Regular expressions (regex or regexp) are everywhere on the Internet nowadays!
From input validation code, web application firewalls, to malware detection rules, regex is becoming one of the most important cybersecurity technologies in use.
But can regex also lead to vulnerabilities? Today, let’s explore how attackers can exploit poorly written regex patterns to launch denial of service attacks!
Regular expression Denial of Service
Regular expression Denial of Service attacks, or ReDoS, is a type of denial of service attack. During a ReDoS, attackers force a situation where the regex evaluator gets stuck evaluating a string and runs for a long time. When an application is hit by a ReDoS, the application server can hang and become unavailable to legitimate users.
Attackers can launch a ReDoS when two conditions are met:
An “evil regex” pattern is used, and
The regex engine is made to test if a maliciously crafted string matches the evil regex.
A regex pattern is exploitable (called an “evil regex”) when it has the following characteristics:
It uses repetition on complex subexpressions (the use of “+” and “*” on complex subexpressions), and
within these repeated subexpressions, there are additional repetition symbols and expressions that match a suffix of another match.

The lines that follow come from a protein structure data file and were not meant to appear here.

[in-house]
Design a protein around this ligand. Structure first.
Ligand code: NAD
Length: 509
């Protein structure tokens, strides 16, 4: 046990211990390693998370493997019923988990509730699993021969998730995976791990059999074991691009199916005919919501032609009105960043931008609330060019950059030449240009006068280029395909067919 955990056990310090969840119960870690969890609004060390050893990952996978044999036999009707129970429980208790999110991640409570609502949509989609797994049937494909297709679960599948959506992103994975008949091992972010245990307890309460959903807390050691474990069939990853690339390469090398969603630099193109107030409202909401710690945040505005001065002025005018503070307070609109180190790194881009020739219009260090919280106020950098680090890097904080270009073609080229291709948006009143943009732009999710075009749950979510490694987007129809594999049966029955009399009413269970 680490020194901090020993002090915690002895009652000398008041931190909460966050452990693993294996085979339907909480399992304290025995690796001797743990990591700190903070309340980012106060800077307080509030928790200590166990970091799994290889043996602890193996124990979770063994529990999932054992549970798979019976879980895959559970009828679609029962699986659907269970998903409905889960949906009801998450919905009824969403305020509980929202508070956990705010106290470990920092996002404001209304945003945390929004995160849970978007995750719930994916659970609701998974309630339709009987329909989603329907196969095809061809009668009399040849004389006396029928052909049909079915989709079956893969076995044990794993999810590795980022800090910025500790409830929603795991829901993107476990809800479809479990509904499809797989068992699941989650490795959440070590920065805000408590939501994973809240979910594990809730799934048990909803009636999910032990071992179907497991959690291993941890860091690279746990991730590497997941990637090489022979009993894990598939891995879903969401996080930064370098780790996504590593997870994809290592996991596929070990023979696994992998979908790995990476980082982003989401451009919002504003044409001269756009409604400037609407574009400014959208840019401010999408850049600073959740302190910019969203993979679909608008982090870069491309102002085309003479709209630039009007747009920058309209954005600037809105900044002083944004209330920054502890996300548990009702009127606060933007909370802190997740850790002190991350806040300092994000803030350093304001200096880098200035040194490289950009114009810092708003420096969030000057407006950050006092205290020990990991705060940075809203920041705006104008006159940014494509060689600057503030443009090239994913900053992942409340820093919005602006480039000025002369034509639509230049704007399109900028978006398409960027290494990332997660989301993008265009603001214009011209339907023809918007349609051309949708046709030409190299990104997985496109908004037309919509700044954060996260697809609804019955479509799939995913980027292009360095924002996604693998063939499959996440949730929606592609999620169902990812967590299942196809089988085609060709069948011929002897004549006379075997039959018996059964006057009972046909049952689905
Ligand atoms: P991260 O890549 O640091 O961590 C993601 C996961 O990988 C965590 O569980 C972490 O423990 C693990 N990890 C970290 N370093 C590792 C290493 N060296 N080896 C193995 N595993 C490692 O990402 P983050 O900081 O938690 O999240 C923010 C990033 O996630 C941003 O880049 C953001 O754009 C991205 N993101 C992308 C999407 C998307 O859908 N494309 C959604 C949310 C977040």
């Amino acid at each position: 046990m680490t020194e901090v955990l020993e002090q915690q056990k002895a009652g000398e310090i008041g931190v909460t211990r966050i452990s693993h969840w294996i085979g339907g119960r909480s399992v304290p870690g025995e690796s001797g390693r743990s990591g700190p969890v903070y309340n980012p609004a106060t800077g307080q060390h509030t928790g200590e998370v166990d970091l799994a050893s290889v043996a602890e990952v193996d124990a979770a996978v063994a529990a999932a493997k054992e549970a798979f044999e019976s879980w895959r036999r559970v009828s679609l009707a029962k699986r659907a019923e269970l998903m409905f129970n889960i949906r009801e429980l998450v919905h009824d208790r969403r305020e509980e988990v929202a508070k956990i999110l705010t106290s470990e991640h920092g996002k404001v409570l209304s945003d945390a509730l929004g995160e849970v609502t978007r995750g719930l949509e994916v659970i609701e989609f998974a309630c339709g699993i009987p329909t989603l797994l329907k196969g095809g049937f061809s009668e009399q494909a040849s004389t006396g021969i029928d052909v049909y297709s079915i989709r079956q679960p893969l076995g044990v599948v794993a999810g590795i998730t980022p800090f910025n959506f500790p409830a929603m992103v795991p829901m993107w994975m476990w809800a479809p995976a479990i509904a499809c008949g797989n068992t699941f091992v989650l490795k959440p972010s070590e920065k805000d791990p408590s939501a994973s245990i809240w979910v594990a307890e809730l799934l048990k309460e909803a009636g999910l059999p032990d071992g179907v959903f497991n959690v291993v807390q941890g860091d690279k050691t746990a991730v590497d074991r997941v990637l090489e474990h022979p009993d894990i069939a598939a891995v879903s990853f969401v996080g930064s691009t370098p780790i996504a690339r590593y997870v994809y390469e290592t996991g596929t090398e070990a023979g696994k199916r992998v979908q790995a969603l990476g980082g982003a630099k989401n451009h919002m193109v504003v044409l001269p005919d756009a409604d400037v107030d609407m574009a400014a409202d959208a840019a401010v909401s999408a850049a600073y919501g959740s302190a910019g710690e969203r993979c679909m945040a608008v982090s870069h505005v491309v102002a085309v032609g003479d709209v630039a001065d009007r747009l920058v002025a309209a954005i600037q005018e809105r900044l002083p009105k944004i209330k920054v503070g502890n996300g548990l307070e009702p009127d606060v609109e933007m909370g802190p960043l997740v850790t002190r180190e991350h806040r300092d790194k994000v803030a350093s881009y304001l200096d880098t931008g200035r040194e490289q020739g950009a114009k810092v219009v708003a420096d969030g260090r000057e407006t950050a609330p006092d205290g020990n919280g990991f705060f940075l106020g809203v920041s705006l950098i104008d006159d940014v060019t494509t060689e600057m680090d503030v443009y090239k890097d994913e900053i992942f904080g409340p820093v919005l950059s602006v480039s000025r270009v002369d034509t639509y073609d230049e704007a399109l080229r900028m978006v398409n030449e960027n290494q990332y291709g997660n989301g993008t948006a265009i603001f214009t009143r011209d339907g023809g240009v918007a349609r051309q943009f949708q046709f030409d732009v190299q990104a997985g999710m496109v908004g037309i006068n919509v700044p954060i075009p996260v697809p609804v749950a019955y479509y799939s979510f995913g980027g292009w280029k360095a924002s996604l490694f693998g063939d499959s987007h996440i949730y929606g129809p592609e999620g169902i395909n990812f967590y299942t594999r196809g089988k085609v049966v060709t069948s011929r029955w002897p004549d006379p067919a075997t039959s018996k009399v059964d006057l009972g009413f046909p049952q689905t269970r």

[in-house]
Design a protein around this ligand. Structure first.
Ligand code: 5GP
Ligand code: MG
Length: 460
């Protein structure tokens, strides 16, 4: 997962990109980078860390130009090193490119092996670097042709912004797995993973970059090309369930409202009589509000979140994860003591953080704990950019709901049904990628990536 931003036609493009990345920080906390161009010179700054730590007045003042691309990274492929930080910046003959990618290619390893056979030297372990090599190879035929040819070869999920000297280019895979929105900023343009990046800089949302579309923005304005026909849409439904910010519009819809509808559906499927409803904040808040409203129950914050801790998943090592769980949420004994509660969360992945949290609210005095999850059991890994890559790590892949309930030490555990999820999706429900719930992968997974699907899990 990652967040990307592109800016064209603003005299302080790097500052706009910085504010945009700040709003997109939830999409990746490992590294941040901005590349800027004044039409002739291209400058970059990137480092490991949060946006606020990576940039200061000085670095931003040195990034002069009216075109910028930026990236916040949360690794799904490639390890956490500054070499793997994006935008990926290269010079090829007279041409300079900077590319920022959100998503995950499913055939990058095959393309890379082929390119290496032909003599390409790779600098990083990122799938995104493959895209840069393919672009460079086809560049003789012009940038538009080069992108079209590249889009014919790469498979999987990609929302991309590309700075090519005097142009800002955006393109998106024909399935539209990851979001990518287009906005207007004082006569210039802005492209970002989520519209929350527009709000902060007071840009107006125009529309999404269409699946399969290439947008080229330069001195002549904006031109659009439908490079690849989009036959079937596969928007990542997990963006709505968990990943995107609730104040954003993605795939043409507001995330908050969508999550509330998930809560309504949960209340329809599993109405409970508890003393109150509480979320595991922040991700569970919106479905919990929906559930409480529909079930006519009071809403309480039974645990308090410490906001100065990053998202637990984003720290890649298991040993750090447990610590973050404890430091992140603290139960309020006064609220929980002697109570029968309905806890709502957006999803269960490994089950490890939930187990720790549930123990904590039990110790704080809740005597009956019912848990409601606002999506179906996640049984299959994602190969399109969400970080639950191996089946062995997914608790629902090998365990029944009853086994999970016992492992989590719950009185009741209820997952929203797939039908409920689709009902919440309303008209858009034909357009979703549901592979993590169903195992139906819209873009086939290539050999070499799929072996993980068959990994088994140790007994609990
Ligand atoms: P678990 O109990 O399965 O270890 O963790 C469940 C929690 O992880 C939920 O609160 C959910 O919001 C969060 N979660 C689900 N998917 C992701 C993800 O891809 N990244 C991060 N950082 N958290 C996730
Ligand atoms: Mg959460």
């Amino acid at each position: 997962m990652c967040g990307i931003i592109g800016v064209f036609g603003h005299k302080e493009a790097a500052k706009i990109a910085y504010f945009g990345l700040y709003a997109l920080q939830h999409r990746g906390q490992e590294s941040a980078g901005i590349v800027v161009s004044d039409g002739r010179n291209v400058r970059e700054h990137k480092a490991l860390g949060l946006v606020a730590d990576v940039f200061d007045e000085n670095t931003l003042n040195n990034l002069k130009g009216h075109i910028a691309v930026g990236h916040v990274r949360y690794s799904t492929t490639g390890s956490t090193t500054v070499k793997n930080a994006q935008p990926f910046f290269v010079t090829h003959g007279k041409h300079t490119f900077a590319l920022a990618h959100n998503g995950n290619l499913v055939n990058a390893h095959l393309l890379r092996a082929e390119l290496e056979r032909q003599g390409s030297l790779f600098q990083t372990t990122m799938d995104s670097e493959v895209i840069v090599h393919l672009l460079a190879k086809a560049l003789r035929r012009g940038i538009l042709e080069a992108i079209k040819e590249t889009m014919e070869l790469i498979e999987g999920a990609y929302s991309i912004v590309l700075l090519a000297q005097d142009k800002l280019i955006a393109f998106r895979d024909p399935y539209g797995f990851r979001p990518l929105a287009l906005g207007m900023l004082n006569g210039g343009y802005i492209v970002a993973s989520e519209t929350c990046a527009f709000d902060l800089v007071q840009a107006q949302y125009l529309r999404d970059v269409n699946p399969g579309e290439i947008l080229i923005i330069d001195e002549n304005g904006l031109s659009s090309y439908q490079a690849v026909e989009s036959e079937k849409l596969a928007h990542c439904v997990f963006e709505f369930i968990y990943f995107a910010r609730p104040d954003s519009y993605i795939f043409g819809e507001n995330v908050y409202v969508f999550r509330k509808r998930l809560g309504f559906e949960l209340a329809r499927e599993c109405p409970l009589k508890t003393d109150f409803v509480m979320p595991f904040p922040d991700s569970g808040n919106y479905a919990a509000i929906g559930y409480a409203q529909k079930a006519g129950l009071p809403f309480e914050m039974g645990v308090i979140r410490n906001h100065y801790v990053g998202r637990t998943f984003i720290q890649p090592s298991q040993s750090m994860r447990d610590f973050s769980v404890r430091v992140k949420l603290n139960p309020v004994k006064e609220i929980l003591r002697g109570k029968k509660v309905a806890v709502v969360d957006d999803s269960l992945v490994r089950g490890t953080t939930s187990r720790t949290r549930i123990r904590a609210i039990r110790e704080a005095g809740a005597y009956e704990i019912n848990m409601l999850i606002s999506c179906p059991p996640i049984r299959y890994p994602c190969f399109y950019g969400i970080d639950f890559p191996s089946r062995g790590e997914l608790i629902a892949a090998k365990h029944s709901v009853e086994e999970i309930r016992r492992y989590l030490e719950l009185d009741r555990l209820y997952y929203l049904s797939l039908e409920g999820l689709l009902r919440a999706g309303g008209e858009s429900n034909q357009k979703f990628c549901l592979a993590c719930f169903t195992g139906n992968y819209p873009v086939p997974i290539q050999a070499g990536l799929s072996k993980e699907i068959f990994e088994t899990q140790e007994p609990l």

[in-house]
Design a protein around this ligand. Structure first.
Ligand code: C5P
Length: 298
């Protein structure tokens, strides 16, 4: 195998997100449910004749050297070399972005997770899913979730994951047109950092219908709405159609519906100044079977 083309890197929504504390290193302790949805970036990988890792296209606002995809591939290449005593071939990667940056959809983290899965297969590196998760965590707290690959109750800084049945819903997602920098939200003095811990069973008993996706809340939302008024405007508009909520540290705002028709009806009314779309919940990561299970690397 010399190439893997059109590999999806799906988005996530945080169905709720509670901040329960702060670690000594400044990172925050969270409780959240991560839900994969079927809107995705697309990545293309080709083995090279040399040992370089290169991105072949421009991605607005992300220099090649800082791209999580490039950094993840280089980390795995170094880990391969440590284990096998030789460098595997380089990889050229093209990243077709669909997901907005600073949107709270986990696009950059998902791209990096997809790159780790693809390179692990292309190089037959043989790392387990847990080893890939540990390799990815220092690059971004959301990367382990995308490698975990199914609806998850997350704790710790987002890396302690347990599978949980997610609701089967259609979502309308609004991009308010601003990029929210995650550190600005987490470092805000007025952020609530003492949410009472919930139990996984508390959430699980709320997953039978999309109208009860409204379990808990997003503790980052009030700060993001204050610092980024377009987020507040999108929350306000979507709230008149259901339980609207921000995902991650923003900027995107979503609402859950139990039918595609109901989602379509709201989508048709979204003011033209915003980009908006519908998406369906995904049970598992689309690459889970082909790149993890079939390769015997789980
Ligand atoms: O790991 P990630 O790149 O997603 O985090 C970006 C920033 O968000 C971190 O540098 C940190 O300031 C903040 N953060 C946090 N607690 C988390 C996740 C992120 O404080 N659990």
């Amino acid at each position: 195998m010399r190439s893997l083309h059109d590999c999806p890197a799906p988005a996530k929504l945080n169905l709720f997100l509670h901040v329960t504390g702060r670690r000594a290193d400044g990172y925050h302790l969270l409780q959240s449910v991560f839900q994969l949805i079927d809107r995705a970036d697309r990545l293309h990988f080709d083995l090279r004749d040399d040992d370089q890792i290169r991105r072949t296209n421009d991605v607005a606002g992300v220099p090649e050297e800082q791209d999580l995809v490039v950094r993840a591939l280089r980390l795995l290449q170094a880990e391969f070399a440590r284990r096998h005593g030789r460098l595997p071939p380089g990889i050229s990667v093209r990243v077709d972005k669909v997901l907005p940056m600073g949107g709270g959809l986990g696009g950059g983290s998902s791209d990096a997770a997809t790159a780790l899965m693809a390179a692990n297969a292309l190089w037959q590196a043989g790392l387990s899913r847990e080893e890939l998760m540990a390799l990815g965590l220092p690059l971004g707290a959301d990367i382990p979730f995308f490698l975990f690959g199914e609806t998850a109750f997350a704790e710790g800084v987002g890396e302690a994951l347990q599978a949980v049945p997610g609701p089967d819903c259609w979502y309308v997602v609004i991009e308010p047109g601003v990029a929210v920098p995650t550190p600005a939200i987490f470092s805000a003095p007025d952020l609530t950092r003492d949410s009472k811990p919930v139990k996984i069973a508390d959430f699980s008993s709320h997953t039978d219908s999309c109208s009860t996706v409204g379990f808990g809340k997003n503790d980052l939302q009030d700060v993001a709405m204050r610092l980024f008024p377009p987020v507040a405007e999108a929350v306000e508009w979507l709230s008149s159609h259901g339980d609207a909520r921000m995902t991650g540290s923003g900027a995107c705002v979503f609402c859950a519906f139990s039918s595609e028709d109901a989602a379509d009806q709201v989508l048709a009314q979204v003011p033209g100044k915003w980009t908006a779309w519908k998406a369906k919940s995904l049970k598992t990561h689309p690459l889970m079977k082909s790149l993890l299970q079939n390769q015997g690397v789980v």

These characteristics make it possible for attackers to force long run times on the evaluator.
For example, this regex pattern is an “evil regex”.
The subexpression in the parenthesis searches for “a” and its repetition. It also checks if the entire expression is a repetition of any of the subexpressions! Thus, if an attacker supplies an input such as:
In the string above, each additional “a” will cause the regex evaluator to check for the repetitions of an additional subexpression, thus doubling the amount of processing time for the regex evaluator. Let’s look at this process in detail. First, the regex engine tries to match (a+). Since the “+” operator is greedy by default, it will match all the “a”s.
(aaaaaaaaaaaaaaaaaaaaaaaaaaaaaaaaaaa)! -> One possibility to try
Next, the regex tries to match for the string end character, “$”. But there is no match since we have a “!” character there. Since there is no match, the “+” operator will decrease the count of repetitions and backtrack within the string.
(aaaaaaaaaaaaaaaaaaaaaaaaaaaaaaaaaa)(a)! -> One possibility to try
The regex now matches two groups of (a+), and the engine tries to match the end of string character again but fails again because of the “!” character. The evaluation again backtracks. This time, the leftover two “a”s can be matched in two ways: (aa) and (a)(a). The engine will first try to match (aa), fail at the end of string character, then try again using the grouping (a)(a).
(aaaaaaaaaaaaaaaaaaaaaaaaaaaaaaaaa)(aa)! (aaaaaaaaaaaaaaaaaaaaaaaaaaaaaaaaa)(a)(a)! -> Two possibilities to try
As long as the match keeps failing, the regex engine will keep retrying by backtracking. This is called “catastrophic backtracking” and will cause the time of evaluation to grow exponentially.
(aaaaaaaaaaaaaaaaaaaaaaaaaaaaaaaa)(aaa)! (aaaaaaaaaaaaaaaaaaaaaaaaaaaaaaaa)(aa)(a)! (aaaaaaaaaaaaaaaaaaaaaaaaaaaaaaaa)(a)(aa)! (aaaaaaaaaaaaaaaaaaaaaaaaaaaaaaaa)(a)(a)(a)! -> Four possibilities to try
How to Find ReDoS Vulnerabilities
There are two scenarios that allow attackers to exploit evil regex patterns and launch a ReDoS.